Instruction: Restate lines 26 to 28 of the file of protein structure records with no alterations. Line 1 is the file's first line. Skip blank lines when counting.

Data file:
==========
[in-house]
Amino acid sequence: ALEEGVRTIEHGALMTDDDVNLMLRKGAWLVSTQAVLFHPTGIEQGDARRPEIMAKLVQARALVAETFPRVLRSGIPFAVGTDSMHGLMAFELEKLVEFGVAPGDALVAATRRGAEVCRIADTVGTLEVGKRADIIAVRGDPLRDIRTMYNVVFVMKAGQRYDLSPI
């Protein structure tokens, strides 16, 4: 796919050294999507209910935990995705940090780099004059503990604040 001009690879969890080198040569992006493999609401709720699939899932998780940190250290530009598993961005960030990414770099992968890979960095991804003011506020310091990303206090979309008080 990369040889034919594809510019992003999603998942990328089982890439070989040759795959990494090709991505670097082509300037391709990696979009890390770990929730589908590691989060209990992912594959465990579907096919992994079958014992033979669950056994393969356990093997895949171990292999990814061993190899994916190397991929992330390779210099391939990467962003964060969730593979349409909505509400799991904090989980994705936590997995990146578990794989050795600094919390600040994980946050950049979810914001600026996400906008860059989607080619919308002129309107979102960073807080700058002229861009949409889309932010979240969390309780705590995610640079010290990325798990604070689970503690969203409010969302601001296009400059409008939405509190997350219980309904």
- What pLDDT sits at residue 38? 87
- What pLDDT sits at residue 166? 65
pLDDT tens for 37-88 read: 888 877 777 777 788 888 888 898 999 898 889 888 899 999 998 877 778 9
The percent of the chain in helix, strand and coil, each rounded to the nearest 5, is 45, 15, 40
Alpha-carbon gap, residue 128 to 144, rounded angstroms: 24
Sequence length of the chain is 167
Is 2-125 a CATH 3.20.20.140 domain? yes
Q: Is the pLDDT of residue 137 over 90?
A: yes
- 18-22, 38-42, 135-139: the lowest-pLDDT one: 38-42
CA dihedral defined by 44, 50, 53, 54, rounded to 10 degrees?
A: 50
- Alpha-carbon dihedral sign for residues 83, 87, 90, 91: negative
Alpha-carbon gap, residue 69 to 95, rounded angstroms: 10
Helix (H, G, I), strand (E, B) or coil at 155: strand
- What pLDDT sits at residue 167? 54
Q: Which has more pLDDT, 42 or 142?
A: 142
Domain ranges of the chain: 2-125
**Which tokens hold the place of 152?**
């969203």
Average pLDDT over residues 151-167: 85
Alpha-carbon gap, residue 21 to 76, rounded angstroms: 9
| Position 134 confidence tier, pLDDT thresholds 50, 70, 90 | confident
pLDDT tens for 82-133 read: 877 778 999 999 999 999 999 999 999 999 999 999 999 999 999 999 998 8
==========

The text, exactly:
Alpha-carbon gap, residue 21 to 76, rounded angstroms: 9
| Position 134 confidence tier, pLDDT thresholds 50, 70, 90 | confident
pLDDT tens for 82-133 read: 877 778 999 999 999 999 999 999 999 999 999 999 999 999 999 999 998 8